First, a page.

W3C home > Mailing lists > Public > public-ws-chor@w3.org > June 2003

Re: choreography protocol

From: Assaf Arkin <arkin@intalio.com>
Date: Sat, 21 Jun 2003 21:10:30 -0700
Message-ID: <3EF52C36.1070501@intalio.com>
To: Sanjiva Weerawarana <sanjiva@watson.ibm.com>
CC: Jean-Jacques Dubray <jjd@eigner.com>, "'Ugo Corda'" <UCorda@SeeBeyond.com>, public-ws-chor@w3.org

Sanjiva Weerawarana wrote:

>"Assaf Arkin" <arkin@intalio.com> writes:
>>WSDL 1.2 has in-out and request-response. The distinction is that for 
>>request-response the response would be sent on the same channel as the 
>>request. There is no such constraint for in-out. So if you are using the 
>>in-out operation with some layer that supports reliable messaging or 
>>coordination you would in fact have signals travelling back and forth.
>Just to be clear - these patterns are not agreed to in the WG yet.
>This is still work in progress.
Damn, we already started building an implementation around this! Just 
kidding ;-)

>My personal feeling is that its better to just have request-response
>and not say at the abstract level whether or not the response is on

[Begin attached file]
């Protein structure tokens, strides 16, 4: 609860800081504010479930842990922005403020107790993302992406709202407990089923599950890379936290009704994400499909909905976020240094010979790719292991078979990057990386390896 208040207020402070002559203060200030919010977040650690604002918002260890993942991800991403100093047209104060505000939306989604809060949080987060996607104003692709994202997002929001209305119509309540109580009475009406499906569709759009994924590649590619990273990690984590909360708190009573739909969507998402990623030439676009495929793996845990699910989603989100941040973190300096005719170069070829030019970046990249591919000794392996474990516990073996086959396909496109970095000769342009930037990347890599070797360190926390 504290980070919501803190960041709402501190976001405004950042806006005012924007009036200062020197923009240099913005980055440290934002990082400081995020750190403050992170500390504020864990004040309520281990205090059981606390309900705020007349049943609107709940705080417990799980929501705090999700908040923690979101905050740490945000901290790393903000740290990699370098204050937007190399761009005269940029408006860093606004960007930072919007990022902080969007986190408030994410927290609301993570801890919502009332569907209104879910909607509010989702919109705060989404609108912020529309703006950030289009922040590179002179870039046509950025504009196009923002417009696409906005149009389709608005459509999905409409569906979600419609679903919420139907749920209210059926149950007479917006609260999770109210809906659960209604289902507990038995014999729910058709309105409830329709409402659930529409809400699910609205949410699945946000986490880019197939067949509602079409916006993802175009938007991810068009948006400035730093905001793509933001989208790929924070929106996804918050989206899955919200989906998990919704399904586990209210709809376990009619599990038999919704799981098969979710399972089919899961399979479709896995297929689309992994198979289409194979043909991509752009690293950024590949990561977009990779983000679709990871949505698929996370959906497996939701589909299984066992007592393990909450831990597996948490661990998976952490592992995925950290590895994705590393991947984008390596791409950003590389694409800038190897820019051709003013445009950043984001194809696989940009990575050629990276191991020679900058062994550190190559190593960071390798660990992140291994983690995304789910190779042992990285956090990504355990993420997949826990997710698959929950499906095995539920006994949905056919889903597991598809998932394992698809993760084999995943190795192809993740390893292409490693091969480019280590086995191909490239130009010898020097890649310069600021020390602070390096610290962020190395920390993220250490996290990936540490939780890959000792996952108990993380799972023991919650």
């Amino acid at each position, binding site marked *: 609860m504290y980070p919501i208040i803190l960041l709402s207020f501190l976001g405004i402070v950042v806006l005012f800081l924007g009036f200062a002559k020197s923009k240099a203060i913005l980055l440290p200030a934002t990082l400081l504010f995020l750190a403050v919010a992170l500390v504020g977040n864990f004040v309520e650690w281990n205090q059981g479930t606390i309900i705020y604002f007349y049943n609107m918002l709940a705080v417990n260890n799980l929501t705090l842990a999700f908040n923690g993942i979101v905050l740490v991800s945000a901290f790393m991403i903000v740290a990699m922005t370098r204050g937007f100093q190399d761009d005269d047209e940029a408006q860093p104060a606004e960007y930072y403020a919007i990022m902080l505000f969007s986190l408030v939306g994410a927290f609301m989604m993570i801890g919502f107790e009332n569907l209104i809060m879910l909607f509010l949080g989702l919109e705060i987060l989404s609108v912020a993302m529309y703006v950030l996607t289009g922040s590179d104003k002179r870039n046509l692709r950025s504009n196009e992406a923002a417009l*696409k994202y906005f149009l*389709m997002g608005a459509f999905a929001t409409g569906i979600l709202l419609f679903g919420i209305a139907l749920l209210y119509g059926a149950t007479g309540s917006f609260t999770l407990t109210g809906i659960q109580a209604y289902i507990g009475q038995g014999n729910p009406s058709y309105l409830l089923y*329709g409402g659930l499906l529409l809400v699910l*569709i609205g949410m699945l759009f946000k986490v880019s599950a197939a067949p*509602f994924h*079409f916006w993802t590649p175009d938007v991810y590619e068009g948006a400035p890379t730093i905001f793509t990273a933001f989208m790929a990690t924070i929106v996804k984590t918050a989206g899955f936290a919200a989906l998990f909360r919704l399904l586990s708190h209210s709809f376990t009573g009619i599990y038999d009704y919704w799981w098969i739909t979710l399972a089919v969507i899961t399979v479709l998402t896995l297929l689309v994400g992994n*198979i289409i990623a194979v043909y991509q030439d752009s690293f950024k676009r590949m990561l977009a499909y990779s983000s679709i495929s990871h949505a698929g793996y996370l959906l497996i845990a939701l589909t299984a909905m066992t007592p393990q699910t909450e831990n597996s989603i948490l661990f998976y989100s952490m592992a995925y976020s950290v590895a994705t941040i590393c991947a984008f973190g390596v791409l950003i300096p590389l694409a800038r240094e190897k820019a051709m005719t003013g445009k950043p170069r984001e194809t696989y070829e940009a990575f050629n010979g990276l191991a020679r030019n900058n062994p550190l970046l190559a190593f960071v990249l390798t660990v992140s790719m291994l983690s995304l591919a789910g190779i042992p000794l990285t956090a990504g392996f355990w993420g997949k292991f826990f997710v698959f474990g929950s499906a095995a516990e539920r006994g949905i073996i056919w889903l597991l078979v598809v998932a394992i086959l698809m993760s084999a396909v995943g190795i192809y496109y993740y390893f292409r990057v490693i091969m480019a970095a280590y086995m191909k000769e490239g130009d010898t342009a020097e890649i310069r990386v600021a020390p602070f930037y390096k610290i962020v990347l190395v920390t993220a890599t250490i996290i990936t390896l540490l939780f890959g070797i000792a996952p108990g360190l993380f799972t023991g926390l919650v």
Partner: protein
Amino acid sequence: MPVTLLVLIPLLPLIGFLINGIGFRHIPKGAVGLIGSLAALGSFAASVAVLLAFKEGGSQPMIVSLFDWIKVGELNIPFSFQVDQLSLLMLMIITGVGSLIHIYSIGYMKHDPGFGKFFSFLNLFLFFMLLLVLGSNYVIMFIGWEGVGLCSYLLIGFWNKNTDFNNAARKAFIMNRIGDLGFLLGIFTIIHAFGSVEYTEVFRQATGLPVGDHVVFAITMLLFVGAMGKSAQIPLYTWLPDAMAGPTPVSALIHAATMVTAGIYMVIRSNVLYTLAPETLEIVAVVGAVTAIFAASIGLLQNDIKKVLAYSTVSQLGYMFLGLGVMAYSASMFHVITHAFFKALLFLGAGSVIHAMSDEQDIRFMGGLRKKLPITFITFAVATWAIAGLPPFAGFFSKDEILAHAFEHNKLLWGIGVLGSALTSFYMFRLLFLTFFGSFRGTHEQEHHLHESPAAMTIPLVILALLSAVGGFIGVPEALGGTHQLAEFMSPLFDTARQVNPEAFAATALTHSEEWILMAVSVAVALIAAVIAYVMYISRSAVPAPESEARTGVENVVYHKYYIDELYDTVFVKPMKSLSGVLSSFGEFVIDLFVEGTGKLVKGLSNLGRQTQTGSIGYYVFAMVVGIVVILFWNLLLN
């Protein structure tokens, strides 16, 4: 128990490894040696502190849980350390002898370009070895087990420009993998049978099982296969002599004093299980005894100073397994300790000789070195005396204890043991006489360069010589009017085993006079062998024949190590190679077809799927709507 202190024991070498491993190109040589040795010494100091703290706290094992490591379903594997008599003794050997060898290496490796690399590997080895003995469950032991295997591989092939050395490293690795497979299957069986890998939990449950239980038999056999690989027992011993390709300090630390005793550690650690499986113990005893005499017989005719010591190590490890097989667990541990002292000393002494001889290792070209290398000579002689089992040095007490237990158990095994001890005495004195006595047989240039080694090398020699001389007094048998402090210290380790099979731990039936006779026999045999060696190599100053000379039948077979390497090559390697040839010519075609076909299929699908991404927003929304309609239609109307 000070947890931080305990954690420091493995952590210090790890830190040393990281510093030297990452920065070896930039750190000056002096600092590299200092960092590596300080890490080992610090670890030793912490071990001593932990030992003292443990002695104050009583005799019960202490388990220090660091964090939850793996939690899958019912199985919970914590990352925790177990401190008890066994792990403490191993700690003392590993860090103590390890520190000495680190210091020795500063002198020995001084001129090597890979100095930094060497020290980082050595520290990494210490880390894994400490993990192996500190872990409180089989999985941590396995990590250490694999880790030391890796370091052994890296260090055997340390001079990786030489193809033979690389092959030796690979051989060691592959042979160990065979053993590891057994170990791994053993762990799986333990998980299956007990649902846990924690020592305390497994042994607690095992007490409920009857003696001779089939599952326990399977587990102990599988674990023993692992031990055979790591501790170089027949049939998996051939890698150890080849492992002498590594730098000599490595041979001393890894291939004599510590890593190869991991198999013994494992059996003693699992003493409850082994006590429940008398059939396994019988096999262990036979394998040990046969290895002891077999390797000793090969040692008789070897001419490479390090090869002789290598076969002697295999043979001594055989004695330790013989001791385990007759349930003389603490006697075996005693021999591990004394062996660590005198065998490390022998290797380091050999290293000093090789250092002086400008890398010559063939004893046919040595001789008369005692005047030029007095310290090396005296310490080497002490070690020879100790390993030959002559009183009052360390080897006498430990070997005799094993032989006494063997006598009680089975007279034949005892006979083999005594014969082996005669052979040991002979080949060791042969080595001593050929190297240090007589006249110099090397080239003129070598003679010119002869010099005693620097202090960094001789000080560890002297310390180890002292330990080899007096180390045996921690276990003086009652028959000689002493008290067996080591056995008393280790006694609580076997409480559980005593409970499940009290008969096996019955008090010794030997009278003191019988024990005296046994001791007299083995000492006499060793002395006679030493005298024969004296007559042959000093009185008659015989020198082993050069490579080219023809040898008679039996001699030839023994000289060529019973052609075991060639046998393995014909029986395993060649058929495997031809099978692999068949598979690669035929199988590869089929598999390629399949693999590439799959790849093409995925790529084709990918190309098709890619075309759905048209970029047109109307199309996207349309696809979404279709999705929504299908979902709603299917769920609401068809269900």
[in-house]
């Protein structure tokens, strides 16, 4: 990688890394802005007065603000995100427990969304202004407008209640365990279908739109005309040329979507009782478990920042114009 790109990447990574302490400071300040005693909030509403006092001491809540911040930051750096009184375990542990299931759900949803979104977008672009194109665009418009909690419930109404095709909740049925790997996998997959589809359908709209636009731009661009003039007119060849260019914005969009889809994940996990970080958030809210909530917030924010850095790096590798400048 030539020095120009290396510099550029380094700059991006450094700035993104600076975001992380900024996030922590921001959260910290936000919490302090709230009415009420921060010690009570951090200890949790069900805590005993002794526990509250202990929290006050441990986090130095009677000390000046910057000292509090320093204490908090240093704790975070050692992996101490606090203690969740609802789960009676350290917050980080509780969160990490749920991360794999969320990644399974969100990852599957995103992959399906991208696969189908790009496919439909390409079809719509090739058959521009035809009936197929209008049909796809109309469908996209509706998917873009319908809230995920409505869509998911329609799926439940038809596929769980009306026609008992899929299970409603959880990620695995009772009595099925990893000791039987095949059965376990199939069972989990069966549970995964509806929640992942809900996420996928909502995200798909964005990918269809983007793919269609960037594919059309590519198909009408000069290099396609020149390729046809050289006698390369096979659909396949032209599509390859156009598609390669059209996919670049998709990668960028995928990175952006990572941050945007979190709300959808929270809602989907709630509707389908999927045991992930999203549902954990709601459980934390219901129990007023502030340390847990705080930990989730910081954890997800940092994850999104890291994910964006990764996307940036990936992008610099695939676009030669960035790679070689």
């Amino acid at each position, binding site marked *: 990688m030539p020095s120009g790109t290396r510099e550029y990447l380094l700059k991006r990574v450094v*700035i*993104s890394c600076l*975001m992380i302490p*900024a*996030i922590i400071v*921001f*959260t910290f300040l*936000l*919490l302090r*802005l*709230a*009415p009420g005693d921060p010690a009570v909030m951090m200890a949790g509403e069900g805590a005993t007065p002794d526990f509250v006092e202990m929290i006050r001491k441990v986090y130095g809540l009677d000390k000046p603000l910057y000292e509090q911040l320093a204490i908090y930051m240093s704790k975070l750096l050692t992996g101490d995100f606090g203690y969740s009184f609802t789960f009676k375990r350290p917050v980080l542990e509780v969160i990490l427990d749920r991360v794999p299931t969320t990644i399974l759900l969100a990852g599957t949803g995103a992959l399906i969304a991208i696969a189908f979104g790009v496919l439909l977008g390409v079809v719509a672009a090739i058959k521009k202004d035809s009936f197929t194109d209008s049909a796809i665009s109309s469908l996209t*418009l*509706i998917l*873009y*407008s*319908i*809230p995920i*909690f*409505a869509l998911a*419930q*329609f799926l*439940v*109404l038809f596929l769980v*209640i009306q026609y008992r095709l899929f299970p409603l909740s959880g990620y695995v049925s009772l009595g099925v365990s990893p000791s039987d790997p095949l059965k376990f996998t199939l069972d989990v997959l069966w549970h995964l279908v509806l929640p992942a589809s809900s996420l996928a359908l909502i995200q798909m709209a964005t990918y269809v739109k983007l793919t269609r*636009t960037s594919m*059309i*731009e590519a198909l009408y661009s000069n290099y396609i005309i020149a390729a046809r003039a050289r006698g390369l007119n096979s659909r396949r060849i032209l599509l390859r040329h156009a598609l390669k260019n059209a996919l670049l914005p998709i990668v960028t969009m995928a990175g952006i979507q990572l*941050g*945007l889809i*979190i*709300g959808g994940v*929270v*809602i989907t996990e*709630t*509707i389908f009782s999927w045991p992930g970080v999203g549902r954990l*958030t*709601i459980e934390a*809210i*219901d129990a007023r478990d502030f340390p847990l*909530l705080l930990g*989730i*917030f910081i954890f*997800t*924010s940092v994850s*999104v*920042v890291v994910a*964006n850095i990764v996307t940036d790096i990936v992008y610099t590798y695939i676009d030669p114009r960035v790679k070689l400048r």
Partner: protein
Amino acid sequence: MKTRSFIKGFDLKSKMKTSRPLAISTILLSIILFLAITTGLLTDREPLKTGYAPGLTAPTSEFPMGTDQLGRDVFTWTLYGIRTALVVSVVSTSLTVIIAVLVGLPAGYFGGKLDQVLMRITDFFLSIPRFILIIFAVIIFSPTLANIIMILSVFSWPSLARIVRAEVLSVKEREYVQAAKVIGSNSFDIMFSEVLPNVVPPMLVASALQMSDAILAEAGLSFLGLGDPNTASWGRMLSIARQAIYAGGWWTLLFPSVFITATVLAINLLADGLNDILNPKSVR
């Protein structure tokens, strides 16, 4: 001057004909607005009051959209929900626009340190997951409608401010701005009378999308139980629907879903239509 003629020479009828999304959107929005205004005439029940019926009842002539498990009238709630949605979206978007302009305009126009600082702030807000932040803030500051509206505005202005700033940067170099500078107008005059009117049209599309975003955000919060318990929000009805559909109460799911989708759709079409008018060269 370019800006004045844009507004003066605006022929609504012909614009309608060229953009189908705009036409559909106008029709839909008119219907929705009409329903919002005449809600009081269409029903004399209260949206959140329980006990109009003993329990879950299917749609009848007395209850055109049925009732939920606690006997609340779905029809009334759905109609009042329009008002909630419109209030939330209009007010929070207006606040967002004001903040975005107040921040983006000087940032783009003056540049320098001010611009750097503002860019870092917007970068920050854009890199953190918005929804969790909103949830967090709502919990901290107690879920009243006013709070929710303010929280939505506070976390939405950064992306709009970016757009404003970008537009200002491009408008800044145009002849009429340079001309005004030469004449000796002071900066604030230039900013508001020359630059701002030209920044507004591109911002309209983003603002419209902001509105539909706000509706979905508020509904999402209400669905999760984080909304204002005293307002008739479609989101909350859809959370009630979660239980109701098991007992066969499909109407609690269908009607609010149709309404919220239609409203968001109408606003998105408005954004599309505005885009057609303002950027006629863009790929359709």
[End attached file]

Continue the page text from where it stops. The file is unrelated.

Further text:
>the same channel or not. That's a binding characteristic - the 
>abstraction is that there's a request and there will be a response.
>Take an SMTP binding - every response would be on a separate channel
>vs. and HTTP binding where the response can be on the same channel.
I agree.

I think it should be a matter of protocol selection, and we actually 
took the liberty in trying to do that with WSDL 1.1 and it seems to work 
pretty well. With one caveat.

If you have some process that tends to use other services, as defined by 
their interface, that insist on such high latency request/response 
cycles, then obviously you can't invoke that process using HTTP and wait 
for a response in the same connection. So there needs to be some way to 
mark the interface as using one means of communication vs another, so 
you can tell how it affects all other involved parties.

Perhaps using F&P?


Received on Sunday, 22 June 2003 00:10:57 UTC

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